This was really good! Great tension and great plot twists!

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I so wanted to like this novel. The cover was intriguing. I looked forward to the “thriller” that the promo promised. Unfortunately, I found “Eye of the Beholder” to be only a tepid and predictable mystery.

Maddy Wright is a ghostwriter for wealthy clients who want to produce their memoirs but can’t do it themselves. Despite her talent and hard work, Maddy’s name never appears in the books she writes since that would ruin the illusion that the “autobiographer” had written the book. Having published nothing under her own name, her career seemed stuck in neutral gear.

But now, Maddy has been hired by Dr. Angela Reynolds, a brilliant cosmetic surgeon who runs a corporation operating high-end clinics all over the world. Reynolds intends her memoir to be an aid to her corporation and clinics. The payoff for Maddy? A whopping fee and credit as co-author. The challenge? Maddy has only four weeks to complete the book.

So that Maddy can remain focused and always available, Reynolds sends the ghostwriter to her ultra-modern but very isolated home in the Scottish Highlands. Shortly after Maddy’s arrival, Reynold’s business partner, Scott, arrives unexpectedly and takes up residence in another wing of the house. Maddy and Scott experience several odd events Various questions and inconsistencies arise. Eventually, Maddy and Scott begin a romance.

Dr. Reynolds and Maddy do not work well together. They disagree about the book’s contents, Reynolds insisting that her memoir focus on cosmetology rather than her. Then Reynolds moves up the book’s launch date, giving Maddy even less time. Nevertheless, she finishes by the new deadline. Reynolds is pleased. Maddy returns to London to await publication day, eager to see her name on the finished product. At the launch party, Maddy learns that the book has been scrapped in favor of a new product and a corporate merger and that Scott has been found dead at the bottom of a cliff in Scotland. Several months later in London, Maddy is sure she sees Scott on a crowded street. Just what in the heck is going on?

“Eye of the Beholder” starts out well enough. Author Emma Bamford immediately hooks us by beginning the story with Maddy chasing her presumed-dead lover down city streets. As the narrator and protagonist, Maddy seems likable. The Scottish Highlands/”Brutalist“ mansion setting is well and specifically depicted. Bamford’s prose is clear and professional and includes the occasional literary flair. Her dialogue is believable.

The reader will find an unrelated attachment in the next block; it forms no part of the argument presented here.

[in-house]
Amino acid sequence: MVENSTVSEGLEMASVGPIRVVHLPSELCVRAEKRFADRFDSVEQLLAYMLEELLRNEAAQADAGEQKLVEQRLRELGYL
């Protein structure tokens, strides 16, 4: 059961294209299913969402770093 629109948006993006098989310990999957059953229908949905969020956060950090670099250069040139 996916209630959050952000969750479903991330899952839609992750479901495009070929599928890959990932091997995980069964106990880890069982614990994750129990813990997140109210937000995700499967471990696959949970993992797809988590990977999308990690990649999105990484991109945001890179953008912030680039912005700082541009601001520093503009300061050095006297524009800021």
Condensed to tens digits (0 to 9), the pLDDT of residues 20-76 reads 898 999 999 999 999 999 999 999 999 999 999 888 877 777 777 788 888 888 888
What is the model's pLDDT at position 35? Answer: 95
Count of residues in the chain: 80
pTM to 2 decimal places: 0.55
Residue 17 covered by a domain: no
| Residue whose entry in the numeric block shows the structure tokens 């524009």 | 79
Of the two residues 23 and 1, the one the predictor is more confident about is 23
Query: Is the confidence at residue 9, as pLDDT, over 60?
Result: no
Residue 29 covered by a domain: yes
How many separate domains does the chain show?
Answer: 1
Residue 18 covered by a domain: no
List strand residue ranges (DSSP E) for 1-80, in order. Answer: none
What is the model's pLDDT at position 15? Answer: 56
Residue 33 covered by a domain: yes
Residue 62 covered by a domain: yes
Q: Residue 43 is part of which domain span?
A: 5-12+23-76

As the novel progresses, however, Maddy loses credibility, becoming more self-absorbed and needy and much less likable. Her disagreements with Reynolds make her seem headstrong and churlish. Her love for Scott seems to come out of nowhere. None of the other characters are particularly engaging. Reynolds seems cold and aloof. Scott comes off as moody and morose. It’s tough to be “thrilled” by a novel whose characters are off-putting.

However, it was the novel’s plot and structure that I found most problematic. During the first half, I had trouble identifying what the mystery involved. Yes, some oddities occurred while Maddy was writing and falling in love in Scotland. But what were they in aid of? What was this novel about? It wasn’t until the second half that it became clear that these incidents actually “telegraphed” what was eventually to be revealed, thus rendering the “solutions” to the “mysteries” presented very predictable. That those solutions also relied on reams of “backstory,” some of which was delivered in long sections of explication, did not help matters.

Finally, I don’t believe “Eye of the Beholder” deserves to be called a “thriller.” It never left me on the edge of my seat or made my pulse pound or my eyes leap from page to page to see what happened next.

All in all, 2.75 stars rounded up to 3, meaning I did not enjoy this reading experience but found parts of it well done. Readers who are new, or fairly new, to the mystery genre may find something to enjoy here. But those who’ve read or watched a lot of the genre may come away from “Eye of the Beholder” with the feeling that they’ve seen all of this before.

My thanks to NetGalley, author Emma Bamford, and publisher Gallery Books, Gallery/Scout Press for providing me with a complimentary ARC. The foregoing is my independent opinion.